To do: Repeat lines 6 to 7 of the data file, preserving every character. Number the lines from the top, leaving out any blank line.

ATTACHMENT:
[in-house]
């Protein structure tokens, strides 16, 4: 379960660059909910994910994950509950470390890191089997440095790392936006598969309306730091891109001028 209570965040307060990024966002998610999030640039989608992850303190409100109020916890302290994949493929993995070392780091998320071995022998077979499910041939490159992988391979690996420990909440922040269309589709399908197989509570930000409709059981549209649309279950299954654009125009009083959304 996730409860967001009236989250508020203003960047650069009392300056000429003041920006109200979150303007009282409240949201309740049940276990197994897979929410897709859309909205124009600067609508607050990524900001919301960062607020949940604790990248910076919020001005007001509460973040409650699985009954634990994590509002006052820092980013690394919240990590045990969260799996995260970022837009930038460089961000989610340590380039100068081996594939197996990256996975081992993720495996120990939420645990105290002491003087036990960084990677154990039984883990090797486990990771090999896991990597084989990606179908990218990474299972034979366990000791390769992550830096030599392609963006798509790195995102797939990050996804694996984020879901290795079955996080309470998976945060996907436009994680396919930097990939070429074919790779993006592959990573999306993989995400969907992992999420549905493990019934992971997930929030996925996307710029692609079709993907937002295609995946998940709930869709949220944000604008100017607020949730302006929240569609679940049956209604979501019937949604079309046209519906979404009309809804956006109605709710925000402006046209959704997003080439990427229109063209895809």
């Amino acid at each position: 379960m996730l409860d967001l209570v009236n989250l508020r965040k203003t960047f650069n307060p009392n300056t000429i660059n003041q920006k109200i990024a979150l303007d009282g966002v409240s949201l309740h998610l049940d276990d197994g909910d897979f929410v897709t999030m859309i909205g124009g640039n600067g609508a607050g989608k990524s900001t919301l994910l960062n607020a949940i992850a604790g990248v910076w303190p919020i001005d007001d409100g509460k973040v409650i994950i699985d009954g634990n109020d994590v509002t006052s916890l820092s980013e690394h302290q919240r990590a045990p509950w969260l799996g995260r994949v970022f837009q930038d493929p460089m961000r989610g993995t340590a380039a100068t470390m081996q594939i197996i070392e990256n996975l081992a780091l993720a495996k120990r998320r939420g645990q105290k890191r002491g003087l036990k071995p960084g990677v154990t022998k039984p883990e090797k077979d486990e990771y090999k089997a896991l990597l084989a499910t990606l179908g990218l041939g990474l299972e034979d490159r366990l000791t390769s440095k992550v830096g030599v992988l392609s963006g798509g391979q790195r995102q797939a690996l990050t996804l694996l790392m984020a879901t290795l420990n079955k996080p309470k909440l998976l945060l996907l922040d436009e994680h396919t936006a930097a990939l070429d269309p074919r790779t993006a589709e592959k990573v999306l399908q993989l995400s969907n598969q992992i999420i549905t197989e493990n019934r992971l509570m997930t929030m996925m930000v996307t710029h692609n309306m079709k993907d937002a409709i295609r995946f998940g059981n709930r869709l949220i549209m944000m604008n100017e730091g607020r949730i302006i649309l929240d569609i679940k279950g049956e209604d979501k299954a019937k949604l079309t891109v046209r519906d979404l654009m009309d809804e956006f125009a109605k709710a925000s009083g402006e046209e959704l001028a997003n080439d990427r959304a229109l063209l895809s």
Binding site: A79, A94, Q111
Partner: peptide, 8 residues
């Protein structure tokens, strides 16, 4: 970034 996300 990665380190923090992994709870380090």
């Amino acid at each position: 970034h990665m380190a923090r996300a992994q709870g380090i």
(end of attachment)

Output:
């Protein structure tokens, strides 16, 4: 970034 996300 990665380190923090992994709870380090």
């Amino acid at each position: 970034h990665m380190a923090r996300a992994q709870g380090i």